Sufjan Stevens’ Season of Hopelessness

“Let the Record Show What I Couldn’t Quite Confess / For by Living for Myself I Was Living for Unrest.”

Guest Contributor / 10.9.20

This lovely reflection comes to us from Jeb Ralston.

And to everything, there is no meaning
A season of pain and hopelessness

Sufjan Stevens’ latest album, The Ascension, moves away from the poignant yet hopeful lament of Carrie and Lowell into a spacey but sober reproof. This album could easily be viewed as the Ecclesiastes of the Sufjan corpus.

Some have gone so far to say that this album is about Sufjan losing his faith, but that is not what is happening (as Sufjan has also suggested). This album is not a deconstruction of faith in God, but a crisis in discovering a hidden emptiness in his culture, his city, his country, and himself. Like the preacher of Ecclesiastes, he has not lost faith in God, but he has lost his faith in just about everything else.

Derek Kidner, the late Old Testament scholar, once wrote that the author of Ecclesiastes could be relentless in facing that final emptiness, first because there is the truth about this passing world, but also because there is a bigger truth to live by.” And I believe this is exactly what Sufjan is attempting to do with this album.

In a recent interview, Sufjan commented that he is tired of writing songs about his own life and feels he now has the experience to speak into our cultural condition:

Ive been doing this for 20 years, and how many songs have I written about my own personal grievances [with] judgment against myself, self-deprecation, and sorrow? I was like, No, I dont want to write another song about my dead mother. I want to write a song that is casting judgment against the world.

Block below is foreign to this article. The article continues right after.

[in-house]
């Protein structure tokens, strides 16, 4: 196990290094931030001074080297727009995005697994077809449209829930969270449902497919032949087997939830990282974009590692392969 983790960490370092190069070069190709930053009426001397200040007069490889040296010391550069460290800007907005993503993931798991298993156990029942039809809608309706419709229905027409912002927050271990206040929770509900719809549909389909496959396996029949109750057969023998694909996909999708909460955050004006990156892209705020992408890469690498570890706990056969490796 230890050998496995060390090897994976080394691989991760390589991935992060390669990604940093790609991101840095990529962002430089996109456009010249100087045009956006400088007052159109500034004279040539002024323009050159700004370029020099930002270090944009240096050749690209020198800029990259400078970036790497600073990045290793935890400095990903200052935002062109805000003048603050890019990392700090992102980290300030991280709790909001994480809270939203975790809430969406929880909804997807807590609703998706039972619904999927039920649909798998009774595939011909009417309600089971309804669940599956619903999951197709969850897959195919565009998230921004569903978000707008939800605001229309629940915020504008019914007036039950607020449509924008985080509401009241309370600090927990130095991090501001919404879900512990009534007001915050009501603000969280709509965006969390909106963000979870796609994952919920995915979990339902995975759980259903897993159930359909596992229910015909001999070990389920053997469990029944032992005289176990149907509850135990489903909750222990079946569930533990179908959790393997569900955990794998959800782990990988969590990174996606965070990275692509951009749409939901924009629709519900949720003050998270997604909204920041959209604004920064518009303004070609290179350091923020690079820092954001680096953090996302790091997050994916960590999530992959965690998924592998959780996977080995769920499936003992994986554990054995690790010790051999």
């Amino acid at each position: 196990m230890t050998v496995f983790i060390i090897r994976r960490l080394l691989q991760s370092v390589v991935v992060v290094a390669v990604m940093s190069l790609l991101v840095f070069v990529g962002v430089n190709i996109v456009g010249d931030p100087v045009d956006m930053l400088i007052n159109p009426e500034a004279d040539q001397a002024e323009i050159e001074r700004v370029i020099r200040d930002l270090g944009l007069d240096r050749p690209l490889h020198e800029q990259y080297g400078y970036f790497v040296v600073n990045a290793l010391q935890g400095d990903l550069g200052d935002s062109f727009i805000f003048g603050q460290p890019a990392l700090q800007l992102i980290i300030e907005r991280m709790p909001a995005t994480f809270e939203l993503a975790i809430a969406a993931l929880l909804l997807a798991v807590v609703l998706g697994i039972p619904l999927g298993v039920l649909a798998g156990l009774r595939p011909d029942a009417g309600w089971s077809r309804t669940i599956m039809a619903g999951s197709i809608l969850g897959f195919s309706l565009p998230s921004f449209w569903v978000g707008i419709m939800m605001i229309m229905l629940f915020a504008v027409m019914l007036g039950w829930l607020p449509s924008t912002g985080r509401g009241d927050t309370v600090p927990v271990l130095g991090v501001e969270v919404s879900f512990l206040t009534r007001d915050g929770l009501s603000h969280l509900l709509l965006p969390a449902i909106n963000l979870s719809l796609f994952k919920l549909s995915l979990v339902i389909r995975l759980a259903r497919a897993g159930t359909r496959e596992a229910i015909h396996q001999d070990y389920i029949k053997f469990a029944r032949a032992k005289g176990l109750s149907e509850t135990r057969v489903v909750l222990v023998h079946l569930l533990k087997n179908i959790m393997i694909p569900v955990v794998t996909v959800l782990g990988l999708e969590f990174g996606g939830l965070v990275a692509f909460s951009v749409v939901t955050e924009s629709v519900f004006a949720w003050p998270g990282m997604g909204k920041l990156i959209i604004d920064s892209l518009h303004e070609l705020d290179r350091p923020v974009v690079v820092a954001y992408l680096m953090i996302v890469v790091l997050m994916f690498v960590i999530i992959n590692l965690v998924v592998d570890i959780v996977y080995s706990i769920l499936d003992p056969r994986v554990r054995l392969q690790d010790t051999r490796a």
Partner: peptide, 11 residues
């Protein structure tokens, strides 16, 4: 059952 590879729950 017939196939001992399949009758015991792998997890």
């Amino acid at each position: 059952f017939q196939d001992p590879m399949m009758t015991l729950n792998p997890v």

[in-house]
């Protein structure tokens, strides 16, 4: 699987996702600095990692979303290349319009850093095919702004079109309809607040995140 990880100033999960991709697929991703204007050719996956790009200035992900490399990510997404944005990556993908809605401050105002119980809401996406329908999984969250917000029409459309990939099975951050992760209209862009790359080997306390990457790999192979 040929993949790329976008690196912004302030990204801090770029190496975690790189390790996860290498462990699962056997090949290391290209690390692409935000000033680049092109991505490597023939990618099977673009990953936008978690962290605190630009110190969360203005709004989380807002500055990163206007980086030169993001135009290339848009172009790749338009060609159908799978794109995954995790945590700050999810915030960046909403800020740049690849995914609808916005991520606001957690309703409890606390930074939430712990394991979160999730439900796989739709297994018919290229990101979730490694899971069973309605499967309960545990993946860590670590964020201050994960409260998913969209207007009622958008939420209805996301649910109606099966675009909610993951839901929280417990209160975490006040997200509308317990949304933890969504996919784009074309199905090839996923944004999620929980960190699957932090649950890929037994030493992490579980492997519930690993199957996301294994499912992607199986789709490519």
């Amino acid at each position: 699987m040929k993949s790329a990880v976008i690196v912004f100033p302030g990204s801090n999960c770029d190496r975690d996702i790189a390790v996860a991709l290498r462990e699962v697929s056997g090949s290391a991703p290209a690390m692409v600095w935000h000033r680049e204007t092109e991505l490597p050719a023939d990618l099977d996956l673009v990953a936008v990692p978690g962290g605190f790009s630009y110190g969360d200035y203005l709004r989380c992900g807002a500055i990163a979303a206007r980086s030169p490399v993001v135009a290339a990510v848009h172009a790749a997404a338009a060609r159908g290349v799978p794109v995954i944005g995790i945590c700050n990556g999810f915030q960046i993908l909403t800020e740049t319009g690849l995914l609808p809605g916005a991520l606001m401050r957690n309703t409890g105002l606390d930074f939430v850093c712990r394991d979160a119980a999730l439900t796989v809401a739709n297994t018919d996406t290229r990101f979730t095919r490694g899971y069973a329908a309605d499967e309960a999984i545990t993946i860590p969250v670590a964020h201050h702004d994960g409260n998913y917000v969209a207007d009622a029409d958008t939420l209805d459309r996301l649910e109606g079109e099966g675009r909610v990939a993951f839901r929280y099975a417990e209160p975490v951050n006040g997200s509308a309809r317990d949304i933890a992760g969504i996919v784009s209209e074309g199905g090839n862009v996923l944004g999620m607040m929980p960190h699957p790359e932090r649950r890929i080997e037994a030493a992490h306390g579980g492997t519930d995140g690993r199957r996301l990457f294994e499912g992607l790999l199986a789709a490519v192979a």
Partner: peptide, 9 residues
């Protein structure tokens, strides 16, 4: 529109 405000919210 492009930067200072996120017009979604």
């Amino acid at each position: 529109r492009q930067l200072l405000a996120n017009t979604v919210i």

Sufjan, like the Preacher of Ecclesiastes, has grown old and lived a lot of life. He has experienced the ups and downs of our creaturely existence, and is now ready to teach us about the emptiness of his pursuits.

Of course, it must be said, Sufjans tone in recent interviews barely matches the tone and lyrics of his songs. Sufjan may come off as angry and judgmental in interviews, but he speaks hyperbolically and somewhat inconsistently. He even notes the irony:

It felt like a tremendous relief for me to not be singing about myself for the first time in a while. Even though I’m clearly the center of every song – there’s first-person pronouns all over the place, and it’s my voice – I feel like I’m not speaking to my own personal injury.

I’m speaking to a generalized social misery that we’re all going through.

As I wrote elsewhere on Mbird, his album contains a great deal of personal pronouns because Sufjan sees the inherent irony in criticism. Sufjan cannot help but speak to himself in the process of exhortation. And it is significant that his albums title track turns this exhortation upon himself. As perhaps the most contemplative and existential track on the album, it opens with the lines of Sufjan on his metaphorical deathbed:

When I am dead and the light leaves my breast
Nothing to be told, nothing to confess
Let the record show what I couldn’t quite confess
For by living for myself I was living for unrest

Whether Sufjan is consciously or unconsciously channeling the inverse of Augustines famous catchphrase (Thou has made us for thyself, O Lord, and our heart is restless until it finds its rest in thee”) remains to be seen. But this album plays like the dawning revelation at the dead end of ones restless pursuits. Like the author of Ecclesiastes, after all of his lifes endeavors, he insists thatall is vanity and a striving after the wind” (2:17).